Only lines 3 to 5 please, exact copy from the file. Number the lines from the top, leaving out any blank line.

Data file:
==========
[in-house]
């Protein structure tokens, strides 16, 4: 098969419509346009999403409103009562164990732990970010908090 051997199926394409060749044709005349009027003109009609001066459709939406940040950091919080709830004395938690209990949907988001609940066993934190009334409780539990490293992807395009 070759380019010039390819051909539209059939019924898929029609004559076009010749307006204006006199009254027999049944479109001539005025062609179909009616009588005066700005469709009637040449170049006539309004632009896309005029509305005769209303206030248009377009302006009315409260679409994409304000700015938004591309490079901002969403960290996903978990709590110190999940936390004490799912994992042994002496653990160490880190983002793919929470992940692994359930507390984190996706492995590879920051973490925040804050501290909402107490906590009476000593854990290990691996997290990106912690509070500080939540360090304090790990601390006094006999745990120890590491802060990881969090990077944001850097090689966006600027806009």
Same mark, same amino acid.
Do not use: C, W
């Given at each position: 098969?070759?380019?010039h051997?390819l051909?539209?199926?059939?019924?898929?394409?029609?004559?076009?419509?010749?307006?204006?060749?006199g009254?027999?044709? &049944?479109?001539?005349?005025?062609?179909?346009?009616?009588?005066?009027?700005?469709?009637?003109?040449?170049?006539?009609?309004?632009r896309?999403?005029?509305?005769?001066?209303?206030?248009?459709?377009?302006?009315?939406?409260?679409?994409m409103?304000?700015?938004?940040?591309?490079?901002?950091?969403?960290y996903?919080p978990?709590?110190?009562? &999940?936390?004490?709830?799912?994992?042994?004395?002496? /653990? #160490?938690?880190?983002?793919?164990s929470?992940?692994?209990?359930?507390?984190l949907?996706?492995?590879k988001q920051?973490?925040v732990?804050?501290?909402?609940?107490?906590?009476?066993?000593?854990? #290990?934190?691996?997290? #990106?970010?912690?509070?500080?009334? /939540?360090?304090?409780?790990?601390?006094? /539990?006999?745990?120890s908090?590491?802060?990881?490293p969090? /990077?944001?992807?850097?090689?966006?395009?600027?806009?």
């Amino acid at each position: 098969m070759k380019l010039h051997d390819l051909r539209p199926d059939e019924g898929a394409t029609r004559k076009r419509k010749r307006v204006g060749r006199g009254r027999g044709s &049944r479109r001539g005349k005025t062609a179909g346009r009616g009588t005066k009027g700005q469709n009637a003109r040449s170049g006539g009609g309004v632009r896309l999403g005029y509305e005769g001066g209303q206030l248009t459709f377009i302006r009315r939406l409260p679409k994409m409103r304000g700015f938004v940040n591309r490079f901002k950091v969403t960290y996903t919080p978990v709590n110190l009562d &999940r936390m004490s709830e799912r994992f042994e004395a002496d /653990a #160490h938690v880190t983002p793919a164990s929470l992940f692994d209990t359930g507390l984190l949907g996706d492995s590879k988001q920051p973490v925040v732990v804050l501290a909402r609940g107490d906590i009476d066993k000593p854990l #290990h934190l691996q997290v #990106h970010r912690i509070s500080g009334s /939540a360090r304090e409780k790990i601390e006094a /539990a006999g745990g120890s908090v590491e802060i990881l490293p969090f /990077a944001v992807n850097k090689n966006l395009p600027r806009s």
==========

Same mark, same amino acid.
Do not use: C, W
């Given at each position: 098969?070759?380019?010039h051997?390819l051909?539209?199926?059939?019924?898929?394409?029609?004559?076009?419509?010749?307006?204006?060749?006199g009254?027999?044709? &049944?479109?001539?005349?005025?062609?179909?346009?009616?009588?005066?009027?700005?469709?009637?003109?040449?170049?006539?009609?309004?632009r896309?999403?005029?509305?005769?001066?209303?206030?248009?459709?377009?302006?009315?939406?409260?679409?994409m409103?304000?700015?938004?940040?591309?490079?901002?950091?969403?960290y996903?919080p978990?709590?110190?009562? &999940?936390?004490?709830?799912?994992?042994?004395?002496? /653990? #160490?938690?880190?983002?793919?164990s929470?992940?692994?209990?359930?507390?984190l949907?996706?492995?590879k988001q920051?973490?925040v732990?804050?501290?909402?609940?107490?906590?009476?066993?000593?854990? #290990?934190?691996?997290? #990106?970010?912690?509070?500080?009334? /939540?360090?304090?409780?790990?601390?006094? /539990?006999?745990?120890s908090?590491?802060?990881?490293p969090? /990077?944001?992807?850097?090689?966006?395009?600027?806009?």